Mu variant symptoms as cases found in Ireland after WHO warn of potential to evade antibodies

By Marita Moloney

The Mu and Lambda variants of Covid-19 have made their way to Ireland will health officials confirming almost a dozen cases here this week.

Some 11 cases of the variants were reported here over the past week, according to the HPSC.

Four cases of Mu have been identified in Ireland, while Gisaid shows that two have been reported in Northern Ireland.

Meanwhile, four cases of the Lambda variant have been detected in the Republic of Ireland and one has been reported in the North so far.

Although it’s understood that the Lambda variant does not pose any major threat, Mu is currently under surveillance by the World Health Organisation for its ability to evade antibodies.

It was first identified in Colombia in January and spread rapidly there - before making its way to a number of European countries.

A Covid test being administered at a free pop up Covid-19 testing centre in Dublin. (Colin Keegan, Collins Agency, Dublin)

Researchers have little evidence to prove that Mu could evade the protection of available vaccines, however, the strain has a number of mutations that suggest it is likely.

Mu, or B.1.621, as well as Lambda, have been designated as variants of interest by the WHO.

And according to the European Centre for Disease Prevention and Control, the Mu variant also carries a mutation found in the dominant Delta variant.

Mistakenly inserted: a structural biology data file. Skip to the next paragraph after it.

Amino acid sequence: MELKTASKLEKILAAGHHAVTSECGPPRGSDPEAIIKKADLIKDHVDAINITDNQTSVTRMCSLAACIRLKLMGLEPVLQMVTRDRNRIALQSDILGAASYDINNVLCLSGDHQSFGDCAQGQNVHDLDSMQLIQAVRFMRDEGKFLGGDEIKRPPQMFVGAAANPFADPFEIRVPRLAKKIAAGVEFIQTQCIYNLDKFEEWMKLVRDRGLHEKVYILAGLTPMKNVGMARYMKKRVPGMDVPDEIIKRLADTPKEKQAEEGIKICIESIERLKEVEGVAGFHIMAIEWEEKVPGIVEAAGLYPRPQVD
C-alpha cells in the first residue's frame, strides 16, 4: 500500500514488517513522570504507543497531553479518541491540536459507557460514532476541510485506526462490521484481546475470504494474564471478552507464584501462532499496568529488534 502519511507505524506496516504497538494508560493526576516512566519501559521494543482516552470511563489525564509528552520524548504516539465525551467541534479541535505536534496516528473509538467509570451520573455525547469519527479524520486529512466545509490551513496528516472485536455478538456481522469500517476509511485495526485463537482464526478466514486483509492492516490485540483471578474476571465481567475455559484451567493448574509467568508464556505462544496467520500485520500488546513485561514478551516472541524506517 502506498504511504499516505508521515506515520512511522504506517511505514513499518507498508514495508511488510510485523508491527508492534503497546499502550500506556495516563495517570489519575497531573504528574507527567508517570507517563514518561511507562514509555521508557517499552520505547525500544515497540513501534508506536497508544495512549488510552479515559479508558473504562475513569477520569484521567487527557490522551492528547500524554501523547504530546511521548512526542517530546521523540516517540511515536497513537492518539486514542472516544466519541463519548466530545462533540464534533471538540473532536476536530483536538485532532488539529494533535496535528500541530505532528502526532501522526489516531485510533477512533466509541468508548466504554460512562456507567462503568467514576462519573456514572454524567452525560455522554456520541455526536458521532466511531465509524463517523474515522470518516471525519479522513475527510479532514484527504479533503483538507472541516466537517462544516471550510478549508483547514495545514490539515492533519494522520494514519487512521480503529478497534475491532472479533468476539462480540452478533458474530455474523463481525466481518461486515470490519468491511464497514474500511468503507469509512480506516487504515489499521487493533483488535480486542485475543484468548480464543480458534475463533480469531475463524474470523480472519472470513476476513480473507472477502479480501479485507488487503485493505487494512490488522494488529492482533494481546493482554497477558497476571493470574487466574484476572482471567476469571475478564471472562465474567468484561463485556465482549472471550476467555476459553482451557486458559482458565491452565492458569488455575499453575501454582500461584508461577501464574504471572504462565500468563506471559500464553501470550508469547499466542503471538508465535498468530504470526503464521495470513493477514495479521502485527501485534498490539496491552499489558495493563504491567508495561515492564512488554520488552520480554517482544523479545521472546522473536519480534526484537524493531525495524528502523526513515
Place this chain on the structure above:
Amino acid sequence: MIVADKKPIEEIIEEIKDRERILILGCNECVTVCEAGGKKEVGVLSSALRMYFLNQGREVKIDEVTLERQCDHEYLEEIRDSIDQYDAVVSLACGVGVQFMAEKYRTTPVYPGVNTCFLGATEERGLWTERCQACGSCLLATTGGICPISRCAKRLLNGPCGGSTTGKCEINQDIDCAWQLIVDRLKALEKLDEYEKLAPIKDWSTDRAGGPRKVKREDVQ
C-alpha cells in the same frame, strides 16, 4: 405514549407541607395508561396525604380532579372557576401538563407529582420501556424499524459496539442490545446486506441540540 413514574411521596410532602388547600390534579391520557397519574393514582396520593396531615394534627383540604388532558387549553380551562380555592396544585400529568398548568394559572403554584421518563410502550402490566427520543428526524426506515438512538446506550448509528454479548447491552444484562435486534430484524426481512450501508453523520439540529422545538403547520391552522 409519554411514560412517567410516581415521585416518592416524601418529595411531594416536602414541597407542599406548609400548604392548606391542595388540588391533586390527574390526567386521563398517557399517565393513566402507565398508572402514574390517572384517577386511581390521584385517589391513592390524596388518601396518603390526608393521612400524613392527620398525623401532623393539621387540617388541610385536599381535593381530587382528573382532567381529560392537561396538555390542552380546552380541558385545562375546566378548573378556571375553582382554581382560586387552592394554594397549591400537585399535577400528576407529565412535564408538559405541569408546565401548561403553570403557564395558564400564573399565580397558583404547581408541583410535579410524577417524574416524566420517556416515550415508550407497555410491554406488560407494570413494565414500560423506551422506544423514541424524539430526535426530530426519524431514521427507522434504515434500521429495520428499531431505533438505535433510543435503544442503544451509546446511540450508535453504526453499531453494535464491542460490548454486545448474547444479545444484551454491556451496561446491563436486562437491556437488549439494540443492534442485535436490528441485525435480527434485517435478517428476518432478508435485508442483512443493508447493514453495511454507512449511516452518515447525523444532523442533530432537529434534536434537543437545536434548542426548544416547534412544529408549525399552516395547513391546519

The WHO’s recent bulletin said: “Since its first identification in Colombia in January 2021, there have been a few sporadic reports of cases of the Mu variant and some larger outbreaks have been reported from other countries in South American and in Europe.

“Although the global prevalence of the Mu variant among sequenced cases has declined and is currently below 0.1%, the prevalence in Colombia (39%) and Ecuador (13%) has consistently increased.

“The epidemiology of the Mu variant in South America, particularly with the co-circulation of the Delta variant, will be monitored for changes.”

When it comes to symptoms, Mu shares the same indicators of the original virus.

According to the WHO, the most common symptoms of Covid-19 are:

  • fever
  • cough
  • tiredness
  • loss of taste or smell.

The less common symptoms are:

  • sore throat
  • headache
  • aches and pains
  • diarrhoea
  • a rash on skin, or discolouration of fingers or toes
  • red or irritated eyes.
  • Serious symptoms include:
  • difficulty breathing or shortness of breath
  • loss of speech or mobility, or confusion
  • chest pain.

On average it takes 5–6 days from when someone is infected with the virus for symptoms to show, however it can take up to 14 days.

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